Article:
Social skills can bring about new challenges for teenagers. The teenage years can be an uncomfortable and overwhelming period of uncertainty, changes, and realizations about oneself. Teens have a natural desire to want to fit in and feel liked by others. Teens with Aspergers are no different. They too want to fit in and navigate themselves in a socially appropriate way. They may just need a little extra help learning the ropes of social skills. Social skills education for teens with aspergers plays a critical role in helping them develop useful skills for communication and being functioning members of society.

Learn the Basics of Social Skills Education For Teens With Aspergers

Teens with Aspergers sometimes have a more difficult time picking up on social cues or understanding unstated social rules. It’s important to consider and teach these things. Since they don’t have the same intuition as typical kids it’s easier for them to be put into a situation they won’t understand or know how to react, therefore they may end up being hurt physically and/or emotionally. Just being aware that these things could happen and how to handle them or prevent them can be crucial to your child’s success and well-being. Small but meaningful things we may not address, but should consider include the following:

  • Leaving the stall door open in a public bathroom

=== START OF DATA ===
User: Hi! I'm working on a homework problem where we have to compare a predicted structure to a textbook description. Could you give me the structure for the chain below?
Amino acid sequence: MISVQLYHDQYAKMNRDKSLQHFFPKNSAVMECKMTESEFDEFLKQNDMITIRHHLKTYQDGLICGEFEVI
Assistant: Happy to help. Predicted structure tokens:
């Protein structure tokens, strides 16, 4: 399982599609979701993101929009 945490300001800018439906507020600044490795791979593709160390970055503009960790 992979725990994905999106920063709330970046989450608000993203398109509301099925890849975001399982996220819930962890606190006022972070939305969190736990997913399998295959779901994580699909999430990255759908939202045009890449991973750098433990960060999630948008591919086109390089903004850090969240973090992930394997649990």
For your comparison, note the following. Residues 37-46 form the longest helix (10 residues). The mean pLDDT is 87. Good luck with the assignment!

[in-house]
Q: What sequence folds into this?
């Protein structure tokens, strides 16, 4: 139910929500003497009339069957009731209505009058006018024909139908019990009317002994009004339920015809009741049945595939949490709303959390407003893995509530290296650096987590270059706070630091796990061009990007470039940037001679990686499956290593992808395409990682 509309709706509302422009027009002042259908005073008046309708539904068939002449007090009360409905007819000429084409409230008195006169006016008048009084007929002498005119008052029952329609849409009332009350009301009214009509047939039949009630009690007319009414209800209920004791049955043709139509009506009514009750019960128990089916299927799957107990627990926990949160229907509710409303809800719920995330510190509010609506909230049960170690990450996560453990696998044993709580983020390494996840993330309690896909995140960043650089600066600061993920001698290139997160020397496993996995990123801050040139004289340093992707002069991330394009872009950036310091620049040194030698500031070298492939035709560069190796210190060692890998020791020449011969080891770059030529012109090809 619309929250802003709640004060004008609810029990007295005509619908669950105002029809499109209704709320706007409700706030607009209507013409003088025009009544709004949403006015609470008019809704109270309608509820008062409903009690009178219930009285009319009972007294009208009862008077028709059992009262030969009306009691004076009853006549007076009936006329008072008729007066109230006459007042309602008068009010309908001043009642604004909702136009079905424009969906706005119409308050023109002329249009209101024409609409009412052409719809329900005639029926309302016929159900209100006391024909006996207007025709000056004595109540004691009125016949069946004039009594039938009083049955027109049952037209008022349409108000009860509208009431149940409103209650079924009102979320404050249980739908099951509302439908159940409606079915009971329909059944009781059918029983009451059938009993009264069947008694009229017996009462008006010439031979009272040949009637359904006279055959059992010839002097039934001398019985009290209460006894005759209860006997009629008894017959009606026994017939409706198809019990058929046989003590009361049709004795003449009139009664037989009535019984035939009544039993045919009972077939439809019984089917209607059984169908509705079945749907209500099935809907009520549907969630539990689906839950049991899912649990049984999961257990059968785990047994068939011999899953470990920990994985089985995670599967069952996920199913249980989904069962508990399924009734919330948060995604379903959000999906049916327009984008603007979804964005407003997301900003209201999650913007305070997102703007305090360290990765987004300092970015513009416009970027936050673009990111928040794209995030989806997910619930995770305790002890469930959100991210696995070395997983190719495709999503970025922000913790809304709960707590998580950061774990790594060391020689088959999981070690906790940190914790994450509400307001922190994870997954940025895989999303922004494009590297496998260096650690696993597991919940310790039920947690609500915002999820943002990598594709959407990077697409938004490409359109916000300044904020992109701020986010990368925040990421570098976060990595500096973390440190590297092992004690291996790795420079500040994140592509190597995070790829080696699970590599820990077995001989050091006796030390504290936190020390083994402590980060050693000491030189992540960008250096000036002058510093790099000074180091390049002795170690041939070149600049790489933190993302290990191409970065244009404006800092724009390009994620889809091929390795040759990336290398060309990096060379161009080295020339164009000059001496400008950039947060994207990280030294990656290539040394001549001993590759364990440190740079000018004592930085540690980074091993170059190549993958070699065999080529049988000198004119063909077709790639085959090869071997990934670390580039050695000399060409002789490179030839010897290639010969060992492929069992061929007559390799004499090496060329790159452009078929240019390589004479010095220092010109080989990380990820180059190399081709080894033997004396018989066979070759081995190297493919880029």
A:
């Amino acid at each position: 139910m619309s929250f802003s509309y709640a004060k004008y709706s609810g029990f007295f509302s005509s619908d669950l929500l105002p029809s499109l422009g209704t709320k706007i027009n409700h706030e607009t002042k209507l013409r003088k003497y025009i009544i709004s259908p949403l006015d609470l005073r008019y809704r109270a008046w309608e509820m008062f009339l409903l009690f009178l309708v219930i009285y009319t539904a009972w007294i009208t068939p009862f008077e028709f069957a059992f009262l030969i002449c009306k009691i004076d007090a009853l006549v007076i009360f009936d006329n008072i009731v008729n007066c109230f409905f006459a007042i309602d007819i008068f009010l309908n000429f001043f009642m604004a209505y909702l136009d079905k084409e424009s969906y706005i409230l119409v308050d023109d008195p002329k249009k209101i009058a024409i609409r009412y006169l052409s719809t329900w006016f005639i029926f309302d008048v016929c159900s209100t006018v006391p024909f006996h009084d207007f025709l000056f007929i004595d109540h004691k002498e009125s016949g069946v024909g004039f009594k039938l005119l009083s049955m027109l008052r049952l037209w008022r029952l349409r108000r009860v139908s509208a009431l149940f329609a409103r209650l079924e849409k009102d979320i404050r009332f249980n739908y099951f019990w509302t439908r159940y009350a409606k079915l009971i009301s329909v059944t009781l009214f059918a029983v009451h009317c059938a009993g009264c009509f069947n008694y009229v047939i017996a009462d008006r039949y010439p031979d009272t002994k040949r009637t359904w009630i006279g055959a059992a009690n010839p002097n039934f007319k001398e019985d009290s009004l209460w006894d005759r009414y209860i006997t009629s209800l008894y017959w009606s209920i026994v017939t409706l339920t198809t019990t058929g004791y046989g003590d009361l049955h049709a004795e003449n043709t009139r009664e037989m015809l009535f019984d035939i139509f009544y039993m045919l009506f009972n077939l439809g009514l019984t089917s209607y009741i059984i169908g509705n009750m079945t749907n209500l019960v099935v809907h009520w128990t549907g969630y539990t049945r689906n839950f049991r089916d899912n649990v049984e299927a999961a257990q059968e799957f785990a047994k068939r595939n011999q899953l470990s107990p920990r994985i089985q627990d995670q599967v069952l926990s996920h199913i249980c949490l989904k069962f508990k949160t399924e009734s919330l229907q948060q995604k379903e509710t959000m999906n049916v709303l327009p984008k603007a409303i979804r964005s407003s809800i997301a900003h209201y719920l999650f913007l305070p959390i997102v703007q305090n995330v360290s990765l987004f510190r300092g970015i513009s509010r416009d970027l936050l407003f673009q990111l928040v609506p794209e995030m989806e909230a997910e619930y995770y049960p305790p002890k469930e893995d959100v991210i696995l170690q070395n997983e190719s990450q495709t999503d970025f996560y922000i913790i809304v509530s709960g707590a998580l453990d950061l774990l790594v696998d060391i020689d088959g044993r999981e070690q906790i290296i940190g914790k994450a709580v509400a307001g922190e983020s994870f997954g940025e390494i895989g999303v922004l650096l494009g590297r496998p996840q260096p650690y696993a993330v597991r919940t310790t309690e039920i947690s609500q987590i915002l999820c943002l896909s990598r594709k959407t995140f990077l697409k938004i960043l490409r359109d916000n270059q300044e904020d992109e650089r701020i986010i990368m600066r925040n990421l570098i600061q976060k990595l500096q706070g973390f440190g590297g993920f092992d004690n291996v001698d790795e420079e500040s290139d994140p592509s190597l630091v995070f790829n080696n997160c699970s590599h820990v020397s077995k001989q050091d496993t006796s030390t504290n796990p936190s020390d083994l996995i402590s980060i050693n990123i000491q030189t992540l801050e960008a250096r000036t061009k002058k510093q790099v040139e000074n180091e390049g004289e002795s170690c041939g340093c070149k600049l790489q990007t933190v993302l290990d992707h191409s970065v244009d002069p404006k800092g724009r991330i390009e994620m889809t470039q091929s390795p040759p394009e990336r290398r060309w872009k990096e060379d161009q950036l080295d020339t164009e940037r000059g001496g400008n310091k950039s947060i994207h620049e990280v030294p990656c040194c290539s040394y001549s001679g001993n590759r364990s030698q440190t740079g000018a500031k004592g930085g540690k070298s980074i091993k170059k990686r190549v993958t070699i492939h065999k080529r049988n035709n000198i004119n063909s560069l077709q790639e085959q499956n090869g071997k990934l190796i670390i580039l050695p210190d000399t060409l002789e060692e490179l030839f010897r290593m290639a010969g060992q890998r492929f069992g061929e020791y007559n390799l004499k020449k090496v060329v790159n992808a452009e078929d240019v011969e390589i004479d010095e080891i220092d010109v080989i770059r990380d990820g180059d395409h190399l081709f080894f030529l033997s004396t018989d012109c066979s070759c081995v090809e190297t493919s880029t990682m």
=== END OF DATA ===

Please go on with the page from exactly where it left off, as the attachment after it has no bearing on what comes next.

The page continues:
• Accepting rides from friends who can drive, who may not have good intentions
  • Things that can happen when driving, like carjacking or being pulled over by a police officer who doesn’t understand autism.
  • Body language
  • Dealing with anxiety
  • How to find, make and share new friends
  • Sharing personal information
  • “Friends” taking advantage of your child or their belongings

Teach the Basics

After educating yourself on areas where your teen may need help, then you should develop a plan of action. Remember, everyone learns differently. What works for one may not work for all. Learning social skills requires time and focus. However, there are subtle ways you can help your teen practice their skills on a daily basis. Some ways in which you may look into educating them could include the following:

  1. Social stories. Set up scenarios and tell your teen stories to help them better understand why we act a certain way or how to handle certain interactions.
  2. Play acting or peer modeling. Role play is a great way to give your teen practice that will make them feel more prepared to handle social situations.
  3. Books and videos. Look into resources on the web and around you. There are many hands on resources that could better help explain things to your teen.

Seven Stars can help

Seven Stars is a small treatment program for young men and women ages 13-17 struggling with Autism-related issues. The program provides acute care stabilization, residential treatment, academic programs, adventure-based therapy, skill building, and positive psychology. These various programs and therapies help students to improve their confidence, self-awareness, and personal management. Seven Stars provides students with individualized access to the resources they need to transition to the real-world practicing healthier habits and self-control. We can help your family today!
Contact us at 844-601-1167.

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